When I first began to receive a salary, I decided to whip out my newly acquired checkbook and send money in to various tzedakah organizations.
A few days later, my refund check from the government arrived in the mail, for the approximate amount of my donations. I decided to view that seeming coincidence as a divine boost.
Judaism possesses that inherent understanding that it is impossible to become impoverished through giving charity. That's why I found Andrew C. Brooks article, "Why Fund-Raising is Fun," to be quite entertaining:
In 2003, while working on a book about charitable giving, I stumbled across a strange pattern in my data. Paradoxically, I was finding that donors ended up with more income after making their gifts. This was more than correlation; I found solid evidence that giving stimulated prosperity.
It is quite understandable that giving charity makes one strut one's stuff . . .
In one typical study, researchers from Harvard and the University of British Columbia confirmed that, in terms of quantifying “happiness,” spending money on oneself barely moves the needle, but spending on others causes a significant increase.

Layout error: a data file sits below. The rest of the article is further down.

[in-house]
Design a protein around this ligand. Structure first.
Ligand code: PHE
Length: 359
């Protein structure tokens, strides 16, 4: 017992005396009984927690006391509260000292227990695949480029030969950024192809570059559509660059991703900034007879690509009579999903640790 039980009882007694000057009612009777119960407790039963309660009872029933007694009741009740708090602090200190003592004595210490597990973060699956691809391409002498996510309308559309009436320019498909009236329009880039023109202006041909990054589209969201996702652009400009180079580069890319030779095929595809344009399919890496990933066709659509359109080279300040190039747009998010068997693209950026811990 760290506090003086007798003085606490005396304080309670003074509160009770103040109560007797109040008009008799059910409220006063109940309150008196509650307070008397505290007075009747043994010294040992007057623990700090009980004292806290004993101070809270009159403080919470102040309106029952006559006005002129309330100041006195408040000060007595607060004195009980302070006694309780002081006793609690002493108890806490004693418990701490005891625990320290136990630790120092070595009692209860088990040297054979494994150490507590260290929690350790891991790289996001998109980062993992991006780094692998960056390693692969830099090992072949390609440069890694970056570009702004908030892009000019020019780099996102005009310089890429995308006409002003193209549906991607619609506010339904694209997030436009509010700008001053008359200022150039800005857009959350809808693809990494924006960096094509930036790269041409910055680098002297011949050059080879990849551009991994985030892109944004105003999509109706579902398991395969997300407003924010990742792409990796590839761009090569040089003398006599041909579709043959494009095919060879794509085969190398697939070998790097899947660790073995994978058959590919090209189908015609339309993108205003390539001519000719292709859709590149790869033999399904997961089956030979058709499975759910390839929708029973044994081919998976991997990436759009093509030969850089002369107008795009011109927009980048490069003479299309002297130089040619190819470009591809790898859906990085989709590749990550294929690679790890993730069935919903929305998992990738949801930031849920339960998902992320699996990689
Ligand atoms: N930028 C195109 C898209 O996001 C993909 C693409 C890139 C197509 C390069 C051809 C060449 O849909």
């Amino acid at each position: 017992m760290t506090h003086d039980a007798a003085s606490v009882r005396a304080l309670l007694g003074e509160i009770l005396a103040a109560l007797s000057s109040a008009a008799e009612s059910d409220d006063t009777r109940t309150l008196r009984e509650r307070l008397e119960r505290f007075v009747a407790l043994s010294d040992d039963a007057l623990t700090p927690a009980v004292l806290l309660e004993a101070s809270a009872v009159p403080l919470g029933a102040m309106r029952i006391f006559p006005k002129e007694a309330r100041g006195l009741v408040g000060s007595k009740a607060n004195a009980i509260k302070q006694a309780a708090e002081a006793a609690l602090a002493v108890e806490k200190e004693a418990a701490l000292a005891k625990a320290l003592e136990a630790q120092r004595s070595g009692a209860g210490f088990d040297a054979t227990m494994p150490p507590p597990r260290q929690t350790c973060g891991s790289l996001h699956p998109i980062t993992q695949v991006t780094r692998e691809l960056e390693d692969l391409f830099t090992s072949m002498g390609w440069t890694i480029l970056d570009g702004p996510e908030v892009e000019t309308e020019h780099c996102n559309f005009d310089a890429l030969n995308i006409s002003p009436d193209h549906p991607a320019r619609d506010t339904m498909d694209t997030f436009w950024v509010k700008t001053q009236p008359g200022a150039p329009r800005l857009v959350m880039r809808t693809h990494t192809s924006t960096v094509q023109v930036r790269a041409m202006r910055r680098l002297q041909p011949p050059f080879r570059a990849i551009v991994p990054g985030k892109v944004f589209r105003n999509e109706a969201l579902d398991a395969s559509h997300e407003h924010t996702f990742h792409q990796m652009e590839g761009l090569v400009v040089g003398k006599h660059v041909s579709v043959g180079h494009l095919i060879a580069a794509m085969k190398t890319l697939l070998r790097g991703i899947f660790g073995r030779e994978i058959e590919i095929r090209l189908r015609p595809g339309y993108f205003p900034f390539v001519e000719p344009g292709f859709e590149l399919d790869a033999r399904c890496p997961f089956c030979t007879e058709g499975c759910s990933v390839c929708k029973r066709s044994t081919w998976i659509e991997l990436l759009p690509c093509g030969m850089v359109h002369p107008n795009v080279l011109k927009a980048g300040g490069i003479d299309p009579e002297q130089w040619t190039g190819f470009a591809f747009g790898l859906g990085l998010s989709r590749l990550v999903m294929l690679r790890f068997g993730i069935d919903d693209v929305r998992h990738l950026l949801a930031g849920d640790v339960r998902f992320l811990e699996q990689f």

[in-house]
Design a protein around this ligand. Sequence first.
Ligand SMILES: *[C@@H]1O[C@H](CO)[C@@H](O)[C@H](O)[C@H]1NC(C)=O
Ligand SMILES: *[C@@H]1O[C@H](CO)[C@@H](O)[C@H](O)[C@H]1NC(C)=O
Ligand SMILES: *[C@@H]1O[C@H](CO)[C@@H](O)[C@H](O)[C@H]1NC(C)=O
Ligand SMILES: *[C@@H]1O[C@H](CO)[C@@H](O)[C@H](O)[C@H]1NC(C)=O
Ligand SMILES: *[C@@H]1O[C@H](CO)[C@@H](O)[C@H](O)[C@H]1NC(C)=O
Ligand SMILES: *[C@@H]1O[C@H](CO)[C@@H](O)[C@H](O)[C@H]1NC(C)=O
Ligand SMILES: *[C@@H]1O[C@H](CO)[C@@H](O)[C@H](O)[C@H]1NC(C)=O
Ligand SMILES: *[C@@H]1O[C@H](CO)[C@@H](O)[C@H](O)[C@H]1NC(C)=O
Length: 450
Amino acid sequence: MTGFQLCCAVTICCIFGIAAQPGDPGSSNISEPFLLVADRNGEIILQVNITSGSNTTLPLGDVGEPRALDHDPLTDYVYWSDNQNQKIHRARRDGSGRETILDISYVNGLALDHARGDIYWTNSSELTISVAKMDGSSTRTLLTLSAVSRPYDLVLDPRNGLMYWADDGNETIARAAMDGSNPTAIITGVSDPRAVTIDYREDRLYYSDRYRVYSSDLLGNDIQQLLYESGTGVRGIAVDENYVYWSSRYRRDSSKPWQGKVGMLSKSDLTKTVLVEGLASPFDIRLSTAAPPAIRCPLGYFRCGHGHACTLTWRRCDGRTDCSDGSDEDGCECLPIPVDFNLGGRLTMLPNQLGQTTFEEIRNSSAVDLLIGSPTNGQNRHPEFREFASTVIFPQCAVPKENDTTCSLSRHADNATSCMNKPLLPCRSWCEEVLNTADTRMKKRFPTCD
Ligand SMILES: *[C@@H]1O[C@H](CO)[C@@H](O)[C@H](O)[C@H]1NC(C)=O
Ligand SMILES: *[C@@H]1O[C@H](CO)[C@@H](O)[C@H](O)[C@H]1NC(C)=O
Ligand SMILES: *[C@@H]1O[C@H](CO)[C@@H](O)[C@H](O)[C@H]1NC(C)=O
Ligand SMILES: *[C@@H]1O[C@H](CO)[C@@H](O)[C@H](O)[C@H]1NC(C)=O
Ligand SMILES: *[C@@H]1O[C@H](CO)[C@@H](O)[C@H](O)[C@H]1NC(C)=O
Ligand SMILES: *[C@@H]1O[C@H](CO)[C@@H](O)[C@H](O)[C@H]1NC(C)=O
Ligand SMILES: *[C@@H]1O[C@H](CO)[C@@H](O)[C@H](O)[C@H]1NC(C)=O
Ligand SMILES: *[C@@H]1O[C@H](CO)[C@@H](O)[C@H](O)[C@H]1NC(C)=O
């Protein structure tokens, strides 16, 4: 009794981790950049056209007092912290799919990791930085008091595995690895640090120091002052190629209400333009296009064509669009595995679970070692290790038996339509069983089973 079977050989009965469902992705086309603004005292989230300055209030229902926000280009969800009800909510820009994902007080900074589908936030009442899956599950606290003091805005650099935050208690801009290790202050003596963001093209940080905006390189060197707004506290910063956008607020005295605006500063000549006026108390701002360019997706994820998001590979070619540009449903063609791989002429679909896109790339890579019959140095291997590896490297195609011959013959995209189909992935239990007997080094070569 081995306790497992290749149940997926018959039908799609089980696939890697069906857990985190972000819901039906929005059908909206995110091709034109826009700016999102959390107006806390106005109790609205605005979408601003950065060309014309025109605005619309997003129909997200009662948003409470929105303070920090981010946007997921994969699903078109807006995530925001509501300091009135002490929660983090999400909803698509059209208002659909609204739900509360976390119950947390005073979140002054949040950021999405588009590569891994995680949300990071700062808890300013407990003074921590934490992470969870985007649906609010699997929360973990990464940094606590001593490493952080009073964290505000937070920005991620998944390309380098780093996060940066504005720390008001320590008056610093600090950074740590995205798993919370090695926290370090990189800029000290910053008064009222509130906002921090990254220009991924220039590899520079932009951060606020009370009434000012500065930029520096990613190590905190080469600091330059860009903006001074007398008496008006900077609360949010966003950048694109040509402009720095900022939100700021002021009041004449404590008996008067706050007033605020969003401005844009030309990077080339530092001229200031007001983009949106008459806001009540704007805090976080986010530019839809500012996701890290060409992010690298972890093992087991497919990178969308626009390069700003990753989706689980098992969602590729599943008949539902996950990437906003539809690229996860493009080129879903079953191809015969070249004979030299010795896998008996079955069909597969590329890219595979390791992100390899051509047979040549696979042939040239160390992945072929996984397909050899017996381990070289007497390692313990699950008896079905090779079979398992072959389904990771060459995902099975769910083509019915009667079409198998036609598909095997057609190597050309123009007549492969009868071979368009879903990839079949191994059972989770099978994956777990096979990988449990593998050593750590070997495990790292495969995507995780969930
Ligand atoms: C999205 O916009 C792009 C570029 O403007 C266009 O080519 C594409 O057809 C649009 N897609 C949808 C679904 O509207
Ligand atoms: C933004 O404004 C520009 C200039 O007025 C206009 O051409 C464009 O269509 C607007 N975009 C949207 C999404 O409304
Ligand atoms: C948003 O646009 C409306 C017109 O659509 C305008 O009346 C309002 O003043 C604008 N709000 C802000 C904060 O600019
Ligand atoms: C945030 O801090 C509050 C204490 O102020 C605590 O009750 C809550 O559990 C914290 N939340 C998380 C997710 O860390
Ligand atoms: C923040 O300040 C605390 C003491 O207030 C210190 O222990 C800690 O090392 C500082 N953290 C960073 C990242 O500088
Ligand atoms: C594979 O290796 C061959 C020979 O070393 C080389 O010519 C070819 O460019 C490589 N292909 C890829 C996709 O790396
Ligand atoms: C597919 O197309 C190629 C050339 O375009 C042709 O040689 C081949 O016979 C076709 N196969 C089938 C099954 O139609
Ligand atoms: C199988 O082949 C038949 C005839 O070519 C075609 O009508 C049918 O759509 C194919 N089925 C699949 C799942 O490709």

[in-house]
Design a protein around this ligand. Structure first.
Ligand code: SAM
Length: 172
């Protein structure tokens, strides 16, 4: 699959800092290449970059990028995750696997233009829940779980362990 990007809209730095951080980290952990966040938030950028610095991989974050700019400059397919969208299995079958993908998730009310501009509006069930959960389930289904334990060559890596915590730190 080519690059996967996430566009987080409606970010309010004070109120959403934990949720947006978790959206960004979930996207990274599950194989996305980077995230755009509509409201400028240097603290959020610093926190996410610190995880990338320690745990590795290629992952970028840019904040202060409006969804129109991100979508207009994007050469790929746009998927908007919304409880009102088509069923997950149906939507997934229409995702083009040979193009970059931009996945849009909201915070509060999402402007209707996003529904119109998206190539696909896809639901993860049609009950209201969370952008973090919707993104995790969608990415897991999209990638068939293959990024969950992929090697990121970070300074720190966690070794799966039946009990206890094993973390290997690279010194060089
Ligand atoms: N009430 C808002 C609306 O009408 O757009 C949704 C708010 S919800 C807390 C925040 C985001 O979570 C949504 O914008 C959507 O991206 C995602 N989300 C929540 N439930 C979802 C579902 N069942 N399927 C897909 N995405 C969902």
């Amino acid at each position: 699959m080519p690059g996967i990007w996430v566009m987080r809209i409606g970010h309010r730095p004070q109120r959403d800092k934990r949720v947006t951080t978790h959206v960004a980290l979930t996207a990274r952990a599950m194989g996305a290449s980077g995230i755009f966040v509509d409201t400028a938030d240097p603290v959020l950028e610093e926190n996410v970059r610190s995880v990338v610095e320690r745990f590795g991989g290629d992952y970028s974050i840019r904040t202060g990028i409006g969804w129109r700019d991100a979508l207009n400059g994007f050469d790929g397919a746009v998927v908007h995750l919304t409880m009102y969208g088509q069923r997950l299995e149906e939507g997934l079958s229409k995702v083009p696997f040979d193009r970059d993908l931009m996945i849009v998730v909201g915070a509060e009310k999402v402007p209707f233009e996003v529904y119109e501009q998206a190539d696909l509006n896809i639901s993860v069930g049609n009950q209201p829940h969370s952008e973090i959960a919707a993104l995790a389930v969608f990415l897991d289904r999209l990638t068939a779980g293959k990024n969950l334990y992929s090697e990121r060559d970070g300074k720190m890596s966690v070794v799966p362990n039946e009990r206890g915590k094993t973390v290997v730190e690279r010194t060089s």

Why? Charitable giving improves what psychologists call “self-efficacy,” one’s belief that one is capable of handling a situation and bringing about a desired outcome. When people give their time or money to a cause they believe in, they become problem solvers. Problem solvers are happier than bystanders and victims of circumstance.
If charity raises well-being, there is no obvious reason it would not also indirectly stimulate material prosperity as people improve their lives.
Yes, but how?
I read through the the article more than once, but while he explains quite clearly the psychological benefits to generosity, he still doesn't explain how one can gains a higher income from a charitable disposition. Meaning to life, of course, but how exactly does more money come gushing in?
We frummies may have an opinion on the matter.